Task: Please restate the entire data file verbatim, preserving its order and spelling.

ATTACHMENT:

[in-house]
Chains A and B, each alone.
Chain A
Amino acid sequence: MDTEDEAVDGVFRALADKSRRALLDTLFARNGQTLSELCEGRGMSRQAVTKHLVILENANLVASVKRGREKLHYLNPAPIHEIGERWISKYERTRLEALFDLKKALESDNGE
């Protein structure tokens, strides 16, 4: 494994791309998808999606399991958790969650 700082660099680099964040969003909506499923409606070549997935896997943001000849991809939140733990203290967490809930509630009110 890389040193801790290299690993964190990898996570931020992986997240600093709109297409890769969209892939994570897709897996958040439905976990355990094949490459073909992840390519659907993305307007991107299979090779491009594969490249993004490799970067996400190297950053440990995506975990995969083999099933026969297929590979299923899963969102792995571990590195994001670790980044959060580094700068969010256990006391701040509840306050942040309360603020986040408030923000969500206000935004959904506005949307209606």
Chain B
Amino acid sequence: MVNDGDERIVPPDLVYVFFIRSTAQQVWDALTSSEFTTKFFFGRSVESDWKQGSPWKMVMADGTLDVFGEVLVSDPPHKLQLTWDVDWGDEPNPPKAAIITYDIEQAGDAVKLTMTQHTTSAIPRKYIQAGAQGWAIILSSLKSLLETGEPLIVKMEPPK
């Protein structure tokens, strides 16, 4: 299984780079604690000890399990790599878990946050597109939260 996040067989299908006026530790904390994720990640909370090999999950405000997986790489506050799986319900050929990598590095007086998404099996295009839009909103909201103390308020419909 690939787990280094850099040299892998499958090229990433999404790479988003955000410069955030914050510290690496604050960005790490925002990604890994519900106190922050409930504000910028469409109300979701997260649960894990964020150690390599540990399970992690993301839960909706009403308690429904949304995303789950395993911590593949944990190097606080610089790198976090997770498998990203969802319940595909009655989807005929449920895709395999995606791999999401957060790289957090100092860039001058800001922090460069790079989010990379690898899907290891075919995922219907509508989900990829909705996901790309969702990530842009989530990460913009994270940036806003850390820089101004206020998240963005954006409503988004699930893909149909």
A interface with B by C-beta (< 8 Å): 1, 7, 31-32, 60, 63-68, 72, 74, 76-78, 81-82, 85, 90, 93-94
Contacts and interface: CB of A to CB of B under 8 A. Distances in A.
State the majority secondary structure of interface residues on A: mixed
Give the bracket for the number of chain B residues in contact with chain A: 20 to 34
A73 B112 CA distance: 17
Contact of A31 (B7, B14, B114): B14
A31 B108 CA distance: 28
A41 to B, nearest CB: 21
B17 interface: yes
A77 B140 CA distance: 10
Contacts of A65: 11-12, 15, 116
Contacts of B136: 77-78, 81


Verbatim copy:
[in-house]
Chains A and B, each alone.
Chain A
Amino acid sequence: MDTEDEAVDGVFRALADKSRRALLDTLFARNGQTLSELCEGRGMSRQAVTKHLVILENANLVASVKRGREKLHYLNPAPIHEIGERWISKYERTRLEALFDLKKALESDNGE
């Protein structure tokens, strides 16, 4: 494994791309998808999606399991958790969650 700082660099680099964040969003909506499923409606070549997935896997943001000849991809939140733990203290967490809930509630009110 890389040193801790290299690993964190990898996570931020992986997240600093709109297409890769969209892939994570897709897996958040439905976990355990094949490459073909992840390519659907993305307007991107299979090779491009594969490249993004490799970067996400190297950053440990995506975990995969083999099933026969297929590979299923899963969102792995571990590195994001670790980044959060580094700068969010256990006391701040509840306050942040309360603020986040408030923000969500206000935004959904506005949307209606």
Chain B
Amino acid sequence: MVNDGDERIVPPDLVYVFFIRSTAQQVWDALTSSEFTTKFFFGRSVESDWKQGSPWKMVMADGTLDVFGEVLVSDPPHKLQLTWDVDWGDEPNPPKAAIITYDIEQAGDAVKLTMTQHTTSAIPRKYIQAGAQGWAIILSSLKSLLETGEPLIVKMEPPK
């Protein structure tokens, strides 16, 4: 299984780079604690000890399990790599878990946050597109939260 996040067989299908006026530790904390994720990640909370090999999950405000997986790489506050799986319900050929990598590095007086998404099996295009839009909103909201103390308020419909 690939787990280094850099040299892998499958090229990433999404790479988003955000410069955030914050510290690496604050960005790490925002990604890994519900106190922050409930504000910028469409109300979701997260649960894990964020150690390599540990399970992690993301839960909706009403308690429904949304995303789950395993911590593949944990190097606080610089790198976090997770498998990203969802319940595909009655989807005929449920895709395999995606791999999401957060790289957090100092860039001058800001922090460069790079989010990379690898899907290891075919995922219907509508989900990829909705996901790309969702990530842009989530990460913009994270940036806003850390820089101004206020998240963005954006409503988004699930893909149909």
A interface with B by C-beta (< 8 Å): 1, 7, 31-32, 60, 63-68, 72, 74, 76-78, 81-82, 85, 90, 93-94
Contacts and interface: CB of A to CB of B under 8 A. Distances in A.
State the majority secondary structure of interface residues on A: mixed
Give the bracket for the number of chain B residues in contact with chain A: 20 to 34
A73 B112 CA distance: 17
Contact of A31 (B7, B14, B114): B14
A31 B108 CA distance: 28
A41 to B, nearest CB: 21
B17 interface: yes
A77 B140 CA distance: 10
Contacts of A65: 11-12, 15, 116
Contacts of B136: 77-78, 81